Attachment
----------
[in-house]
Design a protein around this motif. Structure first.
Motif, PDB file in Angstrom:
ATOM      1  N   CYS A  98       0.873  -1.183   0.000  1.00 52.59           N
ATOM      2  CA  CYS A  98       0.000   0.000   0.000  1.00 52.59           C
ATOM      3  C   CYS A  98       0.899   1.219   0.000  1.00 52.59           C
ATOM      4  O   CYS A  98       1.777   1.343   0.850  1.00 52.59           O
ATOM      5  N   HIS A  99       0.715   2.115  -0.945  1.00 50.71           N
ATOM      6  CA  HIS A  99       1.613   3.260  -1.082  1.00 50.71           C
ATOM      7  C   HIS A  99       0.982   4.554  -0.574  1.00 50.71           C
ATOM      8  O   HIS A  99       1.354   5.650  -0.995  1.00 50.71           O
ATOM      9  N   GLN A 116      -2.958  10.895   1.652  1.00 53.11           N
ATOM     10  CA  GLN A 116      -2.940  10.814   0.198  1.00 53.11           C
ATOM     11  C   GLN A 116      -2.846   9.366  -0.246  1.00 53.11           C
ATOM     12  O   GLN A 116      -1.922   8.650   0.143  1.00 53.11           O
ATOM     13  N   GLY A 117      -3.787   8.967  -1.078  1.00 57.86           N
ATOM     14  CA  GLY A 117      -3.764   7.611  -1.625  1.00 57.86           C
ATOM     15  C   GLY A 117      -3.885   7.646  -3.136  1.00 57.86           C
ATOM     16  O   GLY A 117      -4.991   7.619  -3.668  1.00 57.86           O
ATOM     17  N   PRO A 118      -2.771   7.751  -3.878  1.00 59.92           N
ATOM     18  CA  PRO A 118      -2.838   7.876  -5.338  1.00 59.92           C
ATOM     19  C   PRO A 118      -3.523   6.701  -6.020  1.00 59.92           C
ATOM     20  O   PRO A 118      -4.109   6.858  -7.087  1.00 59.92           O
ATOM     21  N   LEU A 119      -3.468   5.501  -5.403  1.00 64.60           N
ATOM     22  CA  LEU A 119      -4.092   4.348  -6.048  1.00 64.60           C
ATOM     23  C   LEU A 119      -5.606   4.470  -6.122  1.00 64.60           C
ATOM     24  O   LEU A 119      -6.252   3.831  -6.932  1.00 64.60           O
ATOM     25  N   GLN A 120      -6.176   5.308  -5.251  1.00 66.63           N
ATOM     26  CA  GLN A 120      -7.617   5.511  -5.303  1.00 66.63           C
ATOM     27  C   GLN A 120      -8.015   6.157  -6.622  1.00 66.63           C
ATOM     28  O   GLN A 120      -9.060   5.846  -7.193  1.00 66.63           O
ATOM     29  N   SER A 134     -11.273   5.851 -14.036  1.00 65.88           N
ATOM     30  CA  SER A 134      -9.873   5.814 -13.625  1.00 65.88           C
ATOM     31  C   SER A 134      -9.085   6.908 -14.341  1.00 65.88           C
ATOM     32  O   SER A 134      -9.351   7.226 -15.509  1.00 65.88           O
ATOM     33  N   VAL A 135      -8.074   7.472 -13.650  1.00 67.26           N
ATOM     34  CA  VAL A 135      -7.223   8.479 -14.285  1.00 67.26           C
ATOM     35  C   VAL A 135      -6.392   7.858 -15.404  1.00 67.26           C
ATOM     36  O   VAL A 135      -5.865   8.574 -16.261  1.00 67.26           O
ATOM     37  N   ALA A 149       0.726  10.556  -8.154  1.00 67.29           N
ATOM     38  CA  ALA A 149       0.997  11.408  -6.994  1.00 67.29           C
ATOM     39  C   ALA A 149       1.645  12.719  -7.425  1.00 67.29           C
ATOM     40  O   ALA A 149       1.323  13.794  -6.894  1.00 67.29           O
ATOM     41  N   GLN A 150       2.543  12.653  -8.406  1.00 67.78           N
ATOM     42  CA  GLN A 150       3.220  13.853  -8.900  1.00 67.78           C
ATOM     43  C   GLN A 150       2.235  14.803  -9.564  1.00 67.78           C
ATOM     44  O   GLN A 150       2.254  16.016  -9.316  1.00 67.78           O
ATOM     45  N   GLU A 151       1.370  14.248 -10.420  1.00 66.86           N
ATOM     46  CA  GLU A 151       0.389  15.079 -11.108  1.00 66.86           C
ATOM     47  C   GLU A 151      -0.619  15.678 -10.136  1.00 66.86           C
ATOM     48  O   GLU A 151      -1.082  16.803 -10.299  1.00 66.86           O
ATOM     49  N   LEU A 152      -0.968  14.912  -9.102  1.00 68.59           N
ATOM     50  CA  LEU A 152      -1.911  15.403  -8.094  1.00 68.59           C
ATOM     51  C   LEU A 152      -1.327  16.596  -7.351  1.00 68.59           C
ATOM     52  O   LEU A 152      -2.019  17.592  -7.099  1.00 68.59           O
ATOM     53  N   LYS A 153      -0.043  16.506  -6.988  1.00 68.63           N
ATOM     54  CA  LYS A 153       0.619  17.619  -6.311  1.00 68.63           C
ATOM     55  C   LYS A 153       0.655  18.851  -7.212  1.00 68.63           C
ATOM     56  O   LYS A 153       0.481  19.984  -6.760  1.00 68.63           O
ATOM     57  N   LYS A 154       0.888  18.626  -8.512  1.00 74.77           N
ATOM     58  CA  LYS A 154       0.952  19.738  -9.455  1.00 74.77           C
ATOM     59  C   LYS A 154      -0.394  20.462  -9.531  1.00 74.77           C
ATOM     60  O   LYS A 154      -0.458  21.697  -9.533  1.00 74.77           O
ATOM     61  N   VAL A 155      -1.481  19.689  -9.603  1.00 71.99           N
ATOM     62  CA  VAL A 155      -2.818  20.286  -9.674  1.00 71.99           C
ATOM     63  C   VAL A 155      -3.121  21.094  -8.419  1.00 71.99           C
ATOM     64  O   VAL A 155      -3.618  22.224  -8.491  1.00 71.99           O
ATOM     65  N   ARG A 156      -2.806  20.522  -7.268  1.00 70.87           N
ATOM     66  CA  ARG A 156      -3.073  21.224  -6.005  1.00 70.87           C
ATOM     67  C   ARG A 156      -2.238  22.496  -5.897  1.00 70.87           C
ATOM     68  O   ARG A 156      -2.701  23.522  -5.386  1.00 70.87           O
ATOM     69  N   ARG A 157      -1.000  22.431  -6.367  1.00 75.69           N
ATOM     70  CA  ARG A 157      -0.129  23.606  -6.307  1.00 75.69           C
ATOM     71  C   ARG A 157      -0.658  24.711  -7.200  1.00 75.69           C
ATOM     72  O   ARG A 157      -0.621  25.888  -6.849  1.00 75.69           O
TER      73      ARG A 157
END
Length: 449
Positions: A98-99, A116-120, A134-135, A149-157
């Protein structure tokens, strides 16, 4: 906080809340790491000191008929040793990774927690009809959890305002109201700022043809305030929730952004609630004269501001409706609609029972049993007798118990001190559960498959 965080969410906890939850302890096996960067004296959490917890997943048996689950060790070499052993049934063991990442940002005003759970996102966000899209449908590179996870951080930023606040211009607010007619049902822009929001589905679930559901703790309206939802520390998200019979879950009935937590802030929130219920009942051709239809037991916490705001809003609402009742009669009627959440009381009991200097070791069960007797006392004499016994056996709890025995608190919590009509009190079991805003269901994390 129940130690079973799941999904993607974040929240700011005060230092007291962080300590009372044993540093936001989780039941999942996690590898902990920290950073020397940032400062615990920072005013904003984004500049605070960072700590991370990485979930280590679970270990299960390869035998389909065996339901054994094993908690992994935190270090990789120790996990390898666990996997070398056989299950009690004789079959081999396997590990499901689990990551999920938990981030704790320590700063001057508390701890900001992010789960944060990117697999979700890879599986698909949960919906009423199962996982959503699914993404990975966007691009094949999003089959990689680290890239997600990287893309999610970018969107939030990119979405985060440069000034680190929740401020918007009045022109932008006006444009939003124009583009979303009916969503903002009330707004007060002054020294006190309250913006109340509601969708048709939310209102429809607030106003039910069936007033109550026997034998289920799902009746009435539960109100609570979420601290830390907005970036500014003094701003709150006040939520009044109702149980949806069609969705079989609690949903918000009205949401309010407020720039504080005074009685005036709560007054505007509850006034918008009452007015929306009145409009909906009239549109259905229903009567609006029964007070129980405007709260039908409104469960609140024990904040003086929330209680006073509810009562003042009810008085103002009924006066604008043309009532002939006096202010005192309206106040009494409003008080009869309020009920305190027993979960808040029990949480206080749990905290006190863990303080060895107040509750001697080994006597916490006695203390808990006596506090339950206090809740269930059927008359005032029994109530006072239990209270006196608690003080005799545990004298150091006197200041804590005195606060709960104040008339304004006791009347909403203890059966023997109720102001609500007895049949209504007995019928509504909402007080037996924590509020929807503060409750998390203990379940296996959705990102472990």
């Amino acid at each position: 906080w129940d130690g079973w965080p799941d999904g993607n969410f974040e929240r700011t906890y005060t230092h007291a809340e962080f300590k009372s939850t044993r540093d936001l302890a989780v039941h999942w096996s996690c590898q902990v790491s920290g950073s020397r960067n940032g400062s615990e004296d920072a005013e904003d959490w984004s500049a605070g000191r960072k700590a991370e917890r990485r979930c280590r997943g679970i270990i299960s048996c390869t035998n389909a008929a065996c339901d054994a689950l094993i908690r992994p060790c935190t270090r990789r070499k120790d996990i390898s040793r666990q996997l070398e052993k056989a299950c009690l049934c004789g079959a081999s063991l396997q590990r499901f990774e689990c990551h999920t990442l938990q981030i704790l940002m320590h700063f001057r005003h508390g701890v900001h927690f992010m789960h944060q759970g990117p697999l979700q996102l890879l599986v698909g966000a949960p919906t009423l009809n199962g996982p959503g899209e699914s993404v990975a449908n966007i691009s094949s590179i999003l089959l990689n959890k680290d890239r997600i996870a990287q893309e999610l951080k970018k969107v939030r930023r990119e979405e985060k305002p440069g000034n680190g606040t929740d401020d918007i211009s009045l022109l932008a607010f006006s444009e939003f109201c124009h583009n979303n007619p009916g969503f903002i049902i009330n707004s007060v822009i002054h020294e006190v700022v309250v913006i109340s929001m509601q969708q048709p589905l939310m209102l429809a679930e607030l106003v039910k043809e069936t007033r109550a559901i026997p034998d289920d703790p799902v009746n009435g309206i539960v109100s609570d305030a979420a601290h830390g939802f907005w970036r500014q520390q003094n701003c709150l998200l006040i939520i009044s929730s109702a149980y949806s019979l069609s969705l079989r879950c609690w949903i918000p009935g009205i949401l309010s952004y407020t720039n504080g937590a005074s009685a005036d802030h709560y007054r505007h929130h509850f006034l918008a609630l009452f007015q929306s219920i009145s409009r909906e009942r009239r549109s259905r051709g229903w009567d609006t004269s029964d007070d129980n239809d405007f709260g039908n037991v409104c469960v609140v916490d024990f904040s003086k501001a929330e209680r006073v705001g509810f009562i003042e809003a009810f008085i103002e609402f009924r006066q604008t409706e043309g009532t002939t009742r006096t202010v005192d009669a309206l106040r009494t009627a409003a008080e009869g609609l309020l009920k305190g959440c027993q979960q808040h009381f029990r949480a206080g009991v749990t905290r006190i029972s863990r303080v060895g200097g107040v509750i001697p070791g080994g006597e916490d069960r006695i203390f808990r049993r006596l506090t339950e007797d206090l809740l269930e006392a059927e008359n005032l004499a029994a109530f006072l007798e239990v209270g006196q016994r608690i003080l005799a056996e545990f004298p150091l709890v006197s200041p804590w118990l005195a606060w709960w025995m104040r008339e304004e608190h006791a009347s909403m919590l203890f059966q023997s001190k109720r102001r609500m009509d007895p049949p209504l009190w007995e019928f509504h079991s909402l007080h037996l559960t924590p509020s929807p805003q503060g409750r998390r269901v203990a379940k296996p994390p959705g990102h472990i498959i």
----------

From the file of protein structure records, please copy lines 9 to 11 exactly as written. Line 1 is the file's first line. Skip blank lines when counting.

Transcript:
ATOM      6  CA  HIS A  99       1.613   3.260  -1.082  1.00 50.71           C
ATOM      7  C   HIS A  99       0.982   4.554  -0.574  1.00 50.71           C
ATOM      8  O   HIS A  99       1.354   5.650  -0.995  1.00 50.71           O